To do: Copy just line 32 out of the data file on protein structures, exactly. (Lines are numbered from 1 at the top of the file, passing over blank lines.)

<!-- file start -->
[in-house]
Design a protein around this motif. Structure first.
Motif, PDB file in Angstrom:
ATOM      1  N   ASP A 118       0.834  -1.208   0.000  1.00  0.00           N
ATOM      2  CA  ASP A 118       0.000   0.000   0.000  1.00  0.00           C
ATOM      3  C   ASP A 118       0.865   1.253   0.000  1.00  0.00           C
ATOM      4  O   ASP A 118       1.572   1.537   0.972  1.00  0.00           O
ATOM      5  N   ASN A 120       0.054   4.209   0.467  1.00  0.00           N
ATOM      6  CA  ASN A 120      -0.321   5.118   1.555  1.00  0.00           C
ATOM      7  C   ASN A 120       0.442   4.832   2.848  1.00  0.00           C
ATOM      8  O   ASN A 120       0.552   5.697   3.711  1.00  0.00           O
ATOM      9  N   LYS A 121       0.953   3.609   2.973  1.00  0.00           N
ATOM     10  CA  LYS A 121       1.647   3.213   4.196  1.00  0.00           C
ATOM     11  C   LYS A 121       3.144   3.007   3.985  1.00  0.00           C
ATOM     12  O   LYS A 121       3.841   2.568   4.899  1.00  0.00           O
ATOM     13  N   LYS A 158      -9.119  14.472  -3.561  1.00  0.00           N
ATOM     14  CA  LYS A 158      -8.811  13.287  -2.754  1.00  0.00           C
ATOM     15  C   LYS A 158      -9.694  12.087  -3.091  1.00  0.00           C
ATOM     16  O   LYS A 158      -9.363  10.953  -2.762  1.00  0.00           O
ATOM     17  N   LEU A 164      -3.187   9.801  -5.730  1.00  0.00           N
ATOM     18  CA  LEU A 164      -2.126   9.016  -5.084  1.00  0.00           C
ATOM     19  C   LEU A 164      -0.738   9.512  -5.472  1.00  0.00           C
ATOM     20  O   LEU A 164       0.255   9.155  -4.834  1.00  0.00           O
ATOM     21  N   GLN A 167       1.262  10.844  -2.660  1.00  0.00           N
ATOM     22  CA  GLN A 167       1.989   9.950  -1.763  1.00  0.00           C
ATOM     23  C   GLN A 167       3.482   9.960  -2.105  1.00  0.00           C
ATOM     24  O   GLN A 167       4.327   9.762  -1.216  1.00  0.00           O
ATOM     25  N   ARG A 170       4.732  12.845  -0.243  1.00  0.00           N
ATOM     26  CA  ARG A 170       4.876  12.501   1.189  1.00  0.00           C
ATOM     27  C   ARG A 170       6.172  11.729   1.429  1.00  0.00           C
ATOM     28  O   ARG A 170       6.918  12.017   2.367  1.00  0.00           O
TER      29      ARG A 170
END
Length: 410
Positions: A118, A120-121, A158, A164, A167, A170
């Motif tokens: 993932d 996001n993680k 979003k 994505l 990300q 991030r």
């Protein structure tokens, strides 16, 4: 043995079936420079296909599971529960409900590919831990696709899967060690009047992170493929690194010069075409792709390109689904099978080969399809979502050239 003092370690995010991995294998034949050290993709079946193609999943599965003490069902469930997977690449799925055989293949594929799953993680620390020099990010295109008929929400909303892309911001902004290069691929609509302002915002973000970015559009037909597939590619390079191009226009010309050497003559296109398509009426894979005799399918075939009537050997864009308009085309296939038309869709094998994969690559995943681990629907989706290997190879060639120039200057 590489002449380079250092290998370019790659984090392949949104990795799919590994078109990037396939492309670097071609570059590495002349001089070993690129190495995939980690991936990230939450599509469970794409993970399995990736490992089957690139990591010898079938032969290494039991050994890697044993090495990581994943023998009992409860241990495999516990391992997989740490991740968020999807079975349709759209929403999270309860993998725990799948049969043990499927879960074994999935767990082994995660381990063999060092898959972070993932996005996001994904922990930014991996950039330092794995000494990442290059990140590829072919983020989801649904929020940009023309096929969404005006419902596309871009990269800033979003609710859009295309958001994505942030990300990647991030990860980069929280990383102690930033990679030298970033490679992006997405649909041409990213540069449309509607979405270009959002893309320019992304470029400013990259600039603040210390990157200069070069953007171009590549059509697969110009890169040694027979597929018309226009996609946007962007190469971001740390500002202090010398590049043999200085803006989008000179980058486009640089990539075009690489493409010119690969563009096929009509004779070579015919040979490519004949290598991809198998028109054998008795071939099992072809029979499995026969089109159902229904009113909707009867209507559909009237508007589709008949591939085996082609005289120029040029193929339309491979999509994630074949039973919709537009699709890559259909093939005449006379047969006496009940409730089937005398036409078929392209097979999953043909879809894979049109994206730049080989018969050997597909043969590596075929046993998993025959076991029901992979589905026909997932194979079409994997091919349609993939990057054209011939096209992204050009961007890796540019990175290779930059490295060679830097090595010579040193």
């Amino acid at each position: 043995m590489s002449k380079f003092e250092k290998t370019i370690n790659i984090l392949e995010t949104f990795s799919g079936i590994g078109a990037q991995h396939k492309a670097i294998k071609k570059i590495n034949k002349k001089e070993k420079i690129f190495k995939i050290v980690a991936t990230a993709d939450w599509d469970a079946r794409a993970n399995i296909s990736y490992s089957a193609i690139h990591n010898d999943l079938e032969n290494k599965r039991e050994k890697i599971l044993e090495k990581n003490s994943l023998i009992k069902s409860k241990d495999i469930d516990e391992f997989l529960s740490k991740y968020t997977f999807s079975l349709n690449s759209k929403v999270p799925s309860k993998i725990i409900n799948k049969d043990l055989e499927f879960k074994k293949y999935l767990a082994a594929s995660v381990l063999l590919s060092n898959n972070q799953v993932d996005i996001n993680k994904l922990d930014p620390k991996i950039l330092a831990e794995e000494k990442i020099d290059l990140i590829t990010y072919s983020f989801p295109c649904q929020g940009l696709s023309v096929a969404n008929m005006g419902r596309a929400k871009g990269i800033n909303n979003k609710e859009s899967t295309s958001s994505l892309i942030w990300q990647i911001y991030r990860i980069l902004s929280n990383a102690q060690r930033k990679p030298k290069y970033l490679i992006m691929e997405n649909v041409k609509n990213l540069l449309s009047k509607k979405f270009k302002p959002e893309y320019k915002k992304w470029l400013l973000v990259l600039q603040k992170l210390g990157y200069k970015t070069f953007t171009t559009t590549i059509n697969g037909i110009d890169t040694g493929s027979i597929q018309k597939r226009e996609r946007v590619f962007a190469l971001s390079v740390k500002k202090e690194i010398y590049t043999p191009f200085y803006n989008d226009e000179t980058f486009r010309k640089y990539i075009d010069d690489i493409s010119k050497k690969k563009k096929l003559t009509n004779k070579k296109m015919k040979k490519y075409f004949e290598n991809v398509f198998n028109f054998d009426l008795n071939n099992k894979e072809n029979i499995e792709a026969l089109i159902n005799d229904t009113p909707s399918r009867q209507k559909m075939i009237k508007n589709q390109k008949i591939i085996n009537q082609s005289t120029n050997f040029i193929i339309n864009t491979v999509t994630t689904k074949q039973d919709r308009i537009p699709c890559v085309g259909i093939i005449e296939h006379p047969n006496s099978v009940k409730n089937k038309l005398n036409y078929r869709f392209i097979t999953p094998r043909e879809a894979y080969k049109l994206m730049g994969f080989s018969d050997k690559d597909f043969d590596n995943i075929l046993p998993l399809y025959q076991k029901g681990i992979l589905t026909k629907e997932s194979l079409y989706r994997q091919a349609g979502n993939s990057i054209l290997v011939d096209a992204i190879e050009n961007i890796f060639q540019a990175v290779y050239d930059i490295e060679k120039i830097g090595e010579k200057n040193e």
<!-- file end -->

TER      29      ARG A 170